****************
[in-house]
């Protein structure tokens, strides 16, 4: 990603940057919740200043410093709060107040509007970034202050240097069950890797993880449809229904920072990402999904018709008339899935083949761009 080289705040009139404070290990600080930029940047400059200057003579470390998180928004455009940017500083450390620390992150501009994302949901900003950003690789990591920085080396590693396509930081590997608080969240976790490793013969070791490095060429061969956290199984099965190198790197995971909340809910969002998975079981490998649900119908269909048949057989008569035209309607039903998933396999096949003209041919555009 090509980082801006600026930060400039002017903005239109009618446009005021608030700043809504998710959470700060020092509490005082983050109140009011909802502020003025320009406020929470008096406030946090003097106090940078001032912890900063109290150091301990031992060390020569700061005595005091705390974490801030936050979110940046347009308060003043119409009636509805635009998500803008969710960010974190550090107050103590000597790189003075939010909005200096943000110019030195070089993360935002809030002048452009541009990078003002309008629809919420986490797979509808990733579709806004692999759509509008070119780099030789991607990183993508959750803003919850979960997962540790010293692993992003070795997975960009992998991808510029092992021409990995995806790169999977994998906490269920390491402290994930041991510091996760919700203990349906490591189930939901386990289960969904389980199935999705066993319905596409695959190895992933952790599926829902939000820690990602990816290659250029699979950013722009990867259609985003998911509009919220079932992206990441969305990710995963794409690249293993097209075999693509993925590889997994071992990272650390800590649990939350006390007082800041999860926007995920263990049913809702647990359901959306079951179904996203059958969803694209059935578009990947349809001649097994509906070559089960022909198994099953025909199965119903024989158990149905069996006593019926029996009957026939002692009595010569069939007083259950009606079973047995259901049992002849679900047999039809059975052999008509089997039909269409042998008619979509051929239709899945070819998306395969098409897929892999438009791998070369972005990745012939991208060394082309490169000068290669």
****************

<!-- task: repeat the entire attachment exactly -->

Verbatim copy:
[in-house]
């Protein structure tokens, strides 16, 4: 990603940057919740200043410093709060107040509007970034202050240097069950890797993880449809229904920072990402999904018709008339899935083949761009 080289705040009139404070290990600080930029940047400059200057003579470390998180928004455009940017500083450390620390992150501009994302949901900003950003690789990591920085080396590693396509930081590997608080969240976790490793013969070791490095060429061969956290199984099965190198790197995971909340809910969002998975079981490998649900119908269909048949057989008569035209309607039903998933396999096949003209041919555009 090509980082801006600026930060400039002017903005239109009618446009005021608030700043809504998710959470700060020092509490005082983050109140009011909802502020003025320009406020929470008096406030946090003097106090940078001032912890900063109290150091301990031992060390020569700061005595005091705390974490801030936050979110940046347009308060003043119409009636509805635009998500803008969710960010974190550090107050103590000597790189003075939010909005200096943000110019030195070089993360935002809030002048452009541009990078003002309008629809919420986490797979509808990733579709806004692999759509509008070119780099030789991607990183993508959750803003919850979960997962540790010293692993992003070795997975960009992998991808510029092992021409990995995806790169999977994998906490269920390491402290994930041991510091996760919700203990349906490591189930939901386990289960969904389980199935999705066993319905596409695959190895992933952790599926829902939000820690990602990816290659250029699979950013722009990867259609985003998911509009919220079932992206990441969305990710995963794409690249293993097209075999693509993925590889997994071992990272650390800590649990939350006390007082800041999860926007995920263990049913809702647990359901959306079951179904996203059958969803694209059935578009990947349809001649097994509906070559089960022909198994099953025909199965119903024989158990149905069996006593019926029996009957026939002692009595010569069939007083259950009606079973047995259901049992002849679900047999039809059975052999008509089997039909269409042998008619979509051929239709899945070819998306395969098409897929892999438009791998070369972005990745012939991208060394082309490169000068290669």